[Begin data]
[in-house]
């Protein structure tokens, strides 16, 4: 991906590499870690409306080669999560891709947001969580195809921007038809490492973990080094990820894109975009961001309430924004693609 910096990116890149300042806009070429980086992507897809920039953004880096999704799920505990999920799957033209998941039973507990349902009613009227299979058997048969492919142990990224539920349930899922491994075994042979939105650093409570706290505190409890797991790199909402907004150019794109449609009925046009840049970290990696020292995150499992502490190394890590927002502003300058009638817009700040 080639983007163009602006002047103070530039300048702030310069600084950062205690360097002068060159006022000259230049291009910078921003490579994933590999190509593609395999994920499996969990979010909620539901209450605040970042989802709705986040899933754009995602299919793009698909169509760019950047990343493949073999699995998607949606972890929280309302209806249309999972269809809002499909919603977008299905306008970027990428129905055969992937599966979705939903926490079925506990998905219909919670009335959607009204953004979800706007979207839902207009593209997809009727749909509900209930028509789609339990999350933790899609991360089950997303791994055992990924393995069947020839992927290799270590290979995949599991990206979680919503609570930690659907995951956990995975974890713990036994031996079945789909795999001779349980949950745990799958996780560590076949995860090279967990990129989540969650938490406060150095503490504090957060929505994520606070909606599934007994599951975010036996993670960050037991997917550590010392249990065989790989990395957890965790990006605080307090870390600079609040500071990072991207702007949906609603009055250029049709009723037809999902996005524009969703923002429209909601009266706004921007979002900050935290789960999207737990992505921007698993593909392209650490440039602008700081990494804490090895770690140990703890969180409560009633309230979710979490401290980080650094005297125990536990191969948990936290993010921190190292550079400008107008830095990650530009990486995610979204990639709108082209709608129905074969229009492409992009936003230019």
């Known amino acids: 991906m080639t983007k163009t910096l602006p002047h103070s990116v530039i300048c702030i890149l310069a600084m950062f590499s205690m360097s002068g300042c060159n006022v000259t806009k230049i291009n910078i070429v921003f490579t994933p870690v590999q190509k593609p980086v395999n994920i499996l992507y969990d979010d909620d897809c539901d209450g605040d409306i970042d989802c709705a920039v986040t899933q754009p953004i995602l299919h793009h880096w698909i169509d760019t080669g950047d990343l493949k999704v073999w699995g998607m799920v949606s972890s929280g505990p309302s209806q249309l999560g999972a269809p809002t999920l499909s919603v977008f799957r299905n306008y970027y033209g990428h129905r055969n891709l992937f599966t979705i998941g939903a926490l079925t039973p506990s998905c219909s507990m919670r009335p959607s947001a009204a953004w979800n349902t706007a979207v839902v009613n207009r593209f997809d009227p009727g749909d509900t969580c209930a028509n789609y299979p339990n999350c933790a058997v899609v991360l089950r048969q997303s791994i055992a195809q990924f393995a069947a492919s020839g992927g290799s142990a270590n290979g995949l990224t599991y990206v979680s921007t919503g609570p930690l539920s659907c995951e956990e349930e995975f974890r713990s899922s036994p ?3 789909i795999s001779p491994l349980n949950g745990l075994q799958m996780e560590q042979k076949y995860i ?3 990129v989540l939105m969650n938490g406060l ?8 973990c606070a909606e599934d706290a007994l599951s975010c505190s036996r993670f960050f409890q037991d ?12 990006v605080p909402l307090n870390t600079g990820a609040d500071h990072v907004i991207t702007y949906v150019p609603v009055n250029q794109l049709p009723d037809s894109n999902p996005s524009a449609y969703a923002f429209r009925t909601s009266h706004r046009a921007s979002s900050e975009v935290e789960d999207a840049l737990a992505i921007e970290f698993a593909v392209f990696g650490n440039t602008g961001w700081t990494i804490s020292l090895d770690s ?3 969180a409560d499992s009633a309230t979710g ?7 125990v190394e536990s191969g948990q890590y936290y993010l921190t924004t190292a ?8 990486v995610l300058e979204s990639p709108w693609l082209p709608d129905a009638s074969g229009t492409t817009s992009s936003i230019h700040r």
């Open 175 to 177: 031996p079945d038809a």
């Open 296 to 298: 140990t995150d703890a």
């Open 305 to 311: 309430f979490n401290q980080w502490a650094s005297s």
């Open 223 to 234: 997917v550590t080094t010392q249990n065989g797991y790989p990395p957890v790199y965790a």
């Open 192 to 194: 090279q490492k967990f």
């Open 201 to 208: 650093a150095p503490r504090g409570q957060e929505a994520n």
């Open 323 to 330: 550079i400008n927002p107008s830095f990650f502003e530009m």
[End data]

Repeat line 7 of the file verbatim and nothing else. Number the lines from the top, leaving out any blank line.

């Open 223 to 234: 997917v550590t080094t010392q249990n065989g797991y790989p990395p957890v790199y965790a």